Ann duCille, professor of English, emerita, will deliver the third annual Richard Slotkin Lecture in American Studies titled “TV and the ‘Thug Default’: Why Racial Representation Still Matters.” Her talk is open to the public and begins at 4:30 p.m., Oct. 26 in the Powell Theater.
“TV and the “Thug Default”: Why Racial Representation Still Matters” revisits such constructs as the “superpredator” and such cases as the “Central Park Five” in tracing the meaning, use and blackening of the term “thug.” Arguing that image is ideology—that what we see on the TV screen colors how we see black boys on the street—the talk tracks the rise of law-and-order programming that figures the black male as a dark menace to society. It demonstrates how televisual image making in compulsively stigmatizing the colored Other functions as a deadly form of racial profiling. The final section of the paper revisits the blame-a-brother racial ruses of Charles Stuart and Susan Smith as closing examples of how the racial logic of black guilt continues to influence both popular culture and public policy and also uses a riff on the Broadway musical Hamilton and the TV drama This Is Us to suggest ways of doing difference differently.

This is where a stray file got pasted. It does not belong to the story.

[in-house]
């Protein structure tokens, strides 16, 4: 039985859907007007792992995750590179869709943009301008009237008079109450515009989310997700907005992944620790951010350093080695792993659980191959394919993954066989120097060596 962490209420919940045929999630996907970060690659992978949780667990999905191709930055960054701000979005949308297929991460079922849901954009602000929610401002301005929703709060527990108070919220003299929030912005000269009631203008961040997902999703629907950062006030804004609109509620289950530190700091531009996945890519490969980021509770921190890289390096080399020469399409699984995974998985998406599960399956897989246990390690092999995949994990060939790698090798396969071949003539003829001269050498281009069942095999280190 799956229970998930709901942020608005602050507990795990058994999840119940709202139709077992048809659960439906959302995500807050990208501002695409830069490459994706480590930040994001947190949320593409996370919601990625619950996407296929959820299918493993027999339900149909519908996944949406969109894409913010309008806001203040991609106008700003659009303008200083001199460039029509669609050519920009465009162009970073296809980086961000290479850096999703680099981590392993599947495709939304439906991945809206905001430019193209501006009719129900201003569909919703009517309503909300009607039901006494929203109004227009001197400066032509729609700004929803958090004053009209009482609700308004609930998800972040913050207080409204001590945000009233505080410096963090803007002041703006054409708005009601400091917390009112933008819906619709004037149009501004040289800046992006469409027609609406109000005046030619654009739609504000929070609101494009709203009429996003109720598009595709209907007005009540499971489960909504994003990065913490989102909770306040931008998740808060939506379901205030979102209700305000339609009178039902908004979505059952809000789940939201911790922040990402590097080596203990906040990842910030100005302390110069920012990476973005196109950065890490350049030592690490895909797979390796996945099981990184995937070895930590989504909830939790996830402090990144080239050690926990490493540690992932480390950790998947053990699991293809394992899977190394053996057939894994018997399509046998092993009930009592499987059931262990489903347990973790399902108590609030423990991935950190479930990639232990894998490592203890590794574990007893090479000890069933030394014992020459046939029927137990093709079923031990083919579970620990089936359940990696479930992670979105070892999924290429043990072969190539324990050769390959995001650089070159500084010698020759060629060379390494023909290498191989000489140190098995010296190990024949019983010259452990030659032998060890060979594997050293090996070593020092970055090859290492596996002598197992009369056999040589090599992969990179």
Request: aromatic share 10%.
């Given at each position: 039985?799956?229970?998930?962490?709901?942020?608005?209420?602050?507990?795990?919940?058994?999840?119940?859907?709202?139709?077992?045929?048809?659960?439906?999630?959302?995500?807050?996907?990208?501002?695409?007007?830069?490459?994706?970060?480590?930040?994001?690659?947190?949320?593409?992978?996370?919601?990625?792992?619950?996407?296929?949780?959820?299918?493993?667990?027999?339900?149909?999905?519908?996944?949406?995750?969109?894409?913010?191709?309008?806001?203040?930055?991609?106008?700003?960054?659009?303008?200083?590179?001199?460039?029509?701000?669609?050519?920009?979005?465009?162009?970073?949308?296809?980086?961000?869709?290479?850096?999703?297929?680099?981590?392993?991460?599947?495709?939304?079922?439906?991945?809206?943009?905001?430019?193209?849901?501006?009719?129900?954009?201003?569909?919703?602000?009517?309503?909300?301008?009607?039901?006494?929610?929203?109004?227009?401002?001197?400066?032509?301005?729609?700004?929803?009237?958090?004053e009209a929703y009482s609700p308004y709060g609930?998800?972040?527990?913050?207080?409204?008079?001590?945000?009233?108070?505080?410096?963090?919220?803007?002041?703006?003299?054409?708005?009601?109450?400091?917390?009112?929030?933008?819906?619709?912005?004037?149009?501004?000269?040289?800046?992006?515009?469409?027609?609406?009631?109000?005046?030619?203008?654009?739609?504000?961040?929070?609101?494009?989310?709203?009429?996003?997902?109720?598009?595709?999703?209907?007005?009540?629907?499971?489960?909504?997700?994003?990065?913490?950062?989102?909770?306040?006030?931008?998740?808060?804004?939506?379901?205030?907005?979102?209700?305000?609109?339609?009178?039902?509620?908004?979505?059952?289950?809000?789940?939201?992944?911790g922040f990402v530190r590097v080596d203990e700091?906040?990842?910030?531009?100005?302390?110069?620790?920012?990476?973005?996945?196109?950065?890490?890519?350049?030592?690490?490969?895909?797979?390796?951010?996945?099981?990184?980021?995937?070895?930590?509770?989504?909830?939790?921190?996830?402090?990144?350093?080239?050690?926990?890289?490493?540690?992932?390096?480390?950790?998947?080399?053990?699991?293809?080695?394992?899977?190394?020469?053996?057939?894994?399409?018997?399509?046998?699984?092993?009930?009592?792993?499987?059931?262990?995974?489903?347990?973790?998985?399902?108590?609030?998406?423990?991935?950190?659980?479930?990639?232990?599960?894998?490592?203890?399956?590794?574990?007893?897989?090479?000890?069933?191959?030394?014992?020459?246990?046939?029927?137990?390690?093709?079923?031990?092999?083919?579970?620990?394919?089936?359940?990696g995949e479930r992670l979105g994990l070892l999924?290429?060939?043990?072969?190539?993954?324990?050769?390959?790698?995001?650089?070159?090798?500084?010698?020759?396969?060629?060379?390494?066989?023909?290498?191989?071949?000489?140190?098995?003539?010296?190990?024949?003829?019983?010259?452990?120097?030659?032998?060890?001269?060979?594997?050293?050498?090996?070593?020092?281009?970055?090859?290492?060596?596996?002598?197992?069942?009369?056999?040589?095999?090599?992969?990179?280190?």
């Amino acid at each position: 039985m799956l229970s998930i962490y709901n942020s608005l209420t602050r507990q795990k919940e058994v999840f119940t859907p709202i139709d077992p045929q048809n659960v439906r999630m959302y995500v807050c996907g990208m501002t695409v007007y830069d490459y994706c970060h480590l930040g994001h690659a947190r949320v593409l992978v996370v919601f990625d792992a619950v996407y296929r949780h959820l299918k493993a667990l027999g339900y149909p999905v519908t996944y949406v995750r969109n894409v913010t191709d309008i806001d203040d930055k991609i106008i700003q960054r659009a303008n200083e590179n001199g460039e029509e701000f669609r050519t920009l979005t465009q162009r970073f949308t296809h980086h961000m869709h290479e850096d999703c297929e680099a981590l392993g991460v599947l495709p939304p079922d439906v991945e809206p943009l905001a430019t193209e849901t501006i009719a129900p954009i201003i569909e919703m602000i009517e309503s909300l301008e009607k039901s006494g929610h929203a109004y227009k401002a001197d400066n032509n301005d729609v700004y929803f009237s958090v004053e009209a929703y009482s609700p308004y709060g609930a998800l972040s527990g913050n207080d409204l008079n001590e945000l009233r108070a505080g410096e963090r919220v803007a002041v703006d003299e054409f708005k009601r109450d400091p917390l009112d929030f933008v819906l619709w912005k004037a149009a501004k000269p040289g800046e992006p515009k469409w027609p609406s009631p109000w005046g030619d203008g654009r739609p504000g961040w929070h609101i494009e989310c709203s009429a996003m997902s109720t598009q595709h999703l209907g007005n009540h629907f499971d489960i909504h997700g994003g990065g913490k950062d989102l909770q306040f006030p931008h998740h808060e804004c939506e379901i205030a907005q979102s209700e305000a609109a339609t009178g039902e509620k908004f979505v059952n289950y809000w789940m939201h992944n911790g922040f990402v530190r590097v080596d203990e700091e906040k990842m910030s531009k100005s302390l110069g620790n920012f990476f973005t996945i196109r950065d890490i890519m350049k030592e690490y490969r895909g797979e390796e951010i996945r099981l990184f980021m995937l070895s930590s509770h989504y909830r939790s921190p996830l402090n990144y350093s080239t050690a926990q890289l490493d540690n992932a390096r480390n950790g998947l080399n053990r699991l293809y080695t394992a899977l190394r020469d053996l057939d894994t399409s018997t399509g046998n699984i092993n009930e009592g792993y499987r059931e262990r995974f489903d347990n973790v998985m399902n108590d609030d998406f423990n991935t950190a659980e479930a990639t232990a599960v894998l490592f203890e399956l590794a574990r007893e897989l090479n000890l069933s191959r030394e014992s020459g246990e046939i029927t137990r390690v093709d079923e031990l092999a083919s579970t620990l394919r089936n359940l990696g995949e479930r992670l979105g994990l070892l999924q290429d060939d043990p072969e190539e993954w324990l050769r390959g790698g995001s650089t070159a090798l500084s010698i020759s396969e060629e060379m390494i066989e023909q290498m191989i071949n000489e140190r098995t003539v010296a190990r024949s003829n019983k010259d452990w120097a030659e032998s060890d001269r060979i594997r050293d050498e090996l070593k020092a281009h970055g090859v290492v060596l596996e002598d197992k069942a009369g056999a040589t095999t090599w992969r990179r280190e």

Ann duCille was the William R. Kenan, Jr. Professor of the Humanities at Wesleyan from 1999-2005 and has chaired both the African American Studies Program and the English Department and also directed the Center for African American Studies. She has been visiting faculty at Brown University since 2015 and was the Pembroke Center Distinguished Professor in Residence for 2016-17. This year she joins the Center for the Study of Race and Ethnicity in America (CSREA) as Visiting Professor of Race and Ethnicity. A former Guggenheim Fellow, she is the author of The Coupling Convention: Sex, Text, and Tradition in Black Women’s Fiction and Skin Trade (which won the Gustavus Myers Center Award for the Study of Human Rights in 1997), as well as numerous articles, essays, and book chapters in the fields of American and African American literature, feminist theory, and popular culture. Her new book, Technicolored: Reflections on Race in the Time of TV, from which her talk is drawn, is forthcoming from Duke University Press in 2018.
Lecture namesake Richard Slotkin, the Olin Professor of English, emeritus, will introduce Ann duCille.